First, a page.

Harf v. the Times

AP diplomatic correspondent Matt Lee took the lead quizzing State Department spokesman Marie Harf about her issues with the New York Times story on Iran’s growing LEU stockpile (video below, about 16 minutes, also posted here). The exchange took place at today’s press briefing.

As we have come to anticipate, the Saturday Night Live element predominates, this time with the benefit of costume jewelry. Below the video I have pasted in Omri Ceren’s emailed comments.

Omri Ceren comments:

The State Department has three arguments it can make: (1) they can assert that the IAEA numbers are off-base, (2) they can grant the IAEA numbers but dispute the Sanger/ISIS analysis, saying that Iran has enough time to get rid of its stockpile, or (3) they can admit Iran is going to be in violation of the JPOA on June 30 but say it doesn’t matter if Iran. Those are the only 3 options, and at today’s State Department briefing Senior Advisor for Strategic Communications Marie Harf gestured toward all of them. Most were made several times as reporters grew increasingly frustrated (at one point the AP’s Matt Lee went with “I’m sorry, I just can’t – I don’t understand why this isn’t more of a concern”). The quotes are from her, everything else is a paraphrase:

(1) The IAEA numbers are off-base – “That IAEA number… is a snapshot of one day in time. It fluctuates before or after. So.. it might not be the same today. It probably isn’t.” – It’s unclear what the warrant for that statement would be. The Iranians haven’t fed new uranium into their conversion facility since November and are producing new enriched uranium daily. If anything the stockpile is larger than before. If the Iranians suddenly started mass converting oxide or stopped spinning centrifuges, the US would know, and it would be very well-leaked.

(2) The Sanger/ISIS analysis is wrong – “I have talked to all of the nuclear experts on this. There is not a concern that they will get down to the right amount by June 30th” – This was the argument Harf led with yesterday. Again it’s not clear why State believes the analysis is wrong. The ISIS analysis, for instance, carefully went kilogram by kilogram. Harf was explicitly asked if she disputed the analysis in that report and she responded “I would dispute that” because Iran has lived up to its obligations in the past. She later conceded that sometimes the future is different from the past, and it’s unclear where the admission leaves the broader argument.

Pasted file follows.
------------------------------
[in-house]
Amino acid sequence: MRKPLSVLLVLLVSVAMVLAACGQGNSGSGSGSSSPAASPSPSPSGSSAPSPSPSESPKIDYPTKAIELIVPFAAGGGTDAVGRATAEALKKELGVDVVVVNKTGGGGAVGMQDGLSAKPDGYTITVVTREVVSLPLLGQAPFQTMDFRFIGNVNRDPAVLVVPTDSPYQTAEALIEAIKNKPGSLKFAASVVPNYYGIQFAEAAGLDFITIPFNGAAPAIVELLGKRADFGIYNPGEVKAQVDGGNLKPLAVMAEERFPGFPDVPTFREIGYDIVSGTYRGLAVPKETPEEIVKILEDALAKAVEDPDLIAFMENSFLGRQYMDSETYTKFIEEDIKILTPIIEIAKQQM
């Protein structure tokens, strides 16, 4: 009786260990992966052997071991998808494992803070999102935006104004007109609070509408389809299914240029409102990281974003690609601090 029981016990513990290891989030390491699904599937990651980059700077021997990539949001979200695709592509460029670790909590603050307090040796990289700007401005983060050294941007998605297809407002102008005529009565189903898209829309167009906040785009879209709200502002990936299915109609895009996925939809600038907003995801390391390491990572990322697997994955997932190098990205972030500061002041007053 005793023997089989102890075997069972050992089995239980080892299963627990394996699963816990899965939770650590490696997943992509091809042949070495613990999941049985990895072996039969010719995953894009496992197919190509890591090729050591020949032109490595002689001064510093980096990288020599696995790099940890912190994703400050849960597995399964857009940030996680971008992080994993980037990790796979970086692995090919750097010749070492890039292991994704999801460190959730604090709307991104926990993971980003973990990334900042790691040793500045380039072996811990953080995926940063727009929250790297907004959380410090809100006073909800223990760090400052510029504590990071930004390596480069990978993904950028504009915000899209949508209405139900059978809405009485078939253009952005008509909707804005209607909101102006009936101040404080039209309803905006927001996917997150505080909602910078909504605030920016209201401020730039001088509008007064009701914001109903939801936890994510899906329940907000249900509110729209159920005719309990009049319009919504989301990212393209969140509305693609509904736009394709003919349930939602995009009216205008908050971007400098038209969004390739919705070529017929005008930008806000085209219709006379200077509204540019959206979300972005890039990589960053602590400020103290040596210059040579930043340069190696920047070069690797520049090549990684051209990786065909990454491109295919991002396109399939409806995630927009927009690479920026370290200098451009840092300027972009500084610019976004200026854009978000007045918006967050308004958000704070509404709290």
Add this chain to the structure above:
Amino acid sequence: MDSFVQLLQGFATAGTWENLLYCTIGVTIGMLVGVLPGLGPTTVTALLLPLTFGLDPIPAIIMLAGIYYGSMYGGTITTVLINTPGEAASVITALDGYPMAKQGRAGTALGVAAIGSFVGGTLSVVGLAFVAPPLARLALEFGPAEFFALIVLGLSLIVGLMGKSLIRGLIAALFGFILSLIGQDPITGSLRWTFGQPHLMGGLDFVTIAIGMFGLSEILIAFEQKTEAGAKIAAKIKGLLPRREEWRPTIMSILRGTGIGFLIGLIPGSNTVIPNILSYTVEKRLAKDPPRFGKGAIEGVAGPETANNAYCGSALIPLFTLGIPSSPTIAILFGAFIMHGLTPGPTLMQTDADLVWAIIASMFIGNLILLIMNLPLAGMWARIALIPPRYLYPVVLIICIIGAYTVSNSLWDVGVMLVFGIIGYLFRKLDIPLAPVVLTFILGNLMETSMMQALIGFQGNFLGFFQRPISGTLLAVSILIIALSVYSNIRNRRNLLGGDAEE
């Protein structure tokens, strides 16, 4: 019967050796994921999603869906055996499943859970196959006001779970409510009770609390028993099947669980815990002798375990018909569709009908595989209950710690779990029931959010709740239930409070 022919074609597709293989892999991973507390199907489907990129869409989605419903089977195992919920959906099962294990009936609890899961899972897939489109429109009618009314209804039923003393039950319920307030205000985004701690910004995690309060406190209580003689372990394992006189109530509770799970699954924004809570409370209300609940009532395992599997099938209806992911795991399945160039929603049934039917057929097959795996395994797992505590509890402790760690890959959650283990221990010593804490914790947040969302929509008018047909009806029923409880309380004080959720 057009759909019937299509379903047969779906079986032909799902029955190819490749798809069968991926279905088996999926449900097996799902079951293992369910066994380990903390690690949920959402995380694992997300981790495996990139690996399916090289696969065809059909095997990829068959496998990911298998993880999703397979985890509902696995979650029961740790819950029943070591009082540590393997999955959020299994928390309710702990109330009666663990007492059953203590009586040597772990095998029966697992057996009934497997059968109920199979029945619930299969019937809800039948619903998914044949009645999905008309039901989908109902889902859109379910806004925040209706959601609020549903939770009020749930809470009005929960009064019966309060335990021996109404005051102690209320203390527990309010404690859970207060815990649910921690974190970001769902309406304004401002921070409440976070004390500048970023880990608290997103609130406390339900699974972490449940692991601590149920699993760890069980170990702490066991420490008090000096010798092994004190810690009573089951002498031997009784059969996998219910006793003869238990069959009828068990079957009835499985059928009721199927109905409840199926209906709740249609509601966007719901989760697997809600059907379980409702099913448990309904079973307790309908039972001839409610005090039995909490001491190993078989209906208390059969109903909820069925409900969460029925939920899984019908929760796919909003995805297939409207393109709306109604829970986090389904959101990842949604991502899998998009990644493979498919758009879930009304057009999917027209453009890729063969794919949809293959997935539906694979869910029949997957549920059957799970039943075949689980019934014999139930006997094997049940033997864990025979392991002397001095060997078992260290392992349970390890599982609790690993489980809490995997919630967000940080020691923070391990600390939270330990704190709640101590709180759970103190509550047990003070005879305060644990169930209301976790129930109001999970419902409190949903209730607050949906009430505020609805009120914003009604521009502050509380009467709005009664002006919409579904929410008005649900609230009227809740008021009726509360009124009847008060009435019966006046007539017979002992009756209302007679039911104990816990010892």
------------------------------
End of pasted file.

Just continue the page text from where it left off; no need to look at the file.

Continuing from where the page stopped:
(3) It doesn’t matter if Iran ends up in violation of the JPOA on the stockpile issue – “We can talk about what they’re going to do for the next 28 days… [b]ut if we can get a comprehensive joint plan of action, they’re going to take that stockpile and reduce it hugely down to 300 kilograms” – This is probably the best argument to make from a policy perspective, and it’s a bit surprising it took the State Department a day and a half to stumble into it (and if you watch the tape, it dors looks like Harf sort of stumbled into it; it doesn’t seem to have been a prepared talking point). The premise is that the interim JPOA requires Iran to get down to 7,650kg, while the final deal mandates that the stockpile shrink all the way down to 300kg. So what does it matter where Iran is on June 30, the argument goes, when they’ll be down to 300kg just a few months after (because they’re so afraid of snapback or whatever)? Except it matters a great deal: if the Iranians are unwilling or unable to get down to the JPOA’s 7,650kg while they’re under sanctions, why would they meet the JCPOA’s 300kg baseline? It’s much more likely they’ll drag their feet and eventually refuse, and let the Obama administration make excuses for them like “it’s not great they’re keeping their stockpile, but we’re monitoring it so everything’s fine.”

That we’re about to go into Day 3 of this controversy suggests the administration’s pushback is not getting traction. Those three arguments aren’t proving persuasive.

Harf’s actual move is what argument scholars call an “epistemological filibuster”: you run out the clock by saying that you don’t have enough information yet or that something could still change in the future, until the time to act has expired and the issue is overtaken by events. In this case we’re going to get to June 30, the Iranians will likely be in blackletter violation of the JPOA, and the administration will say it doesn’t matter because the JPOA has been superseded by the JCPOA.

Harf signaled as much repeatedly today, saying over and over that “if on June 30th, they haven’t done that, then that’s a problem” and “if they don’t, on June 30th… we can have a different conversation.” Except that conversation will never happen, because the administration will declare that it doesn’t matter what Iran has done in the past as long as they come into compliance in the future. The cost will be that – by shrugging off the Iranian refusal to dispose of its stockpile per the current agreement – the US will have missed crucial red flags about Iranian intransigence that will undermine a future agreement.

NOTE: Thanks to Omri for clipping the video for us from today’s State Department briefing.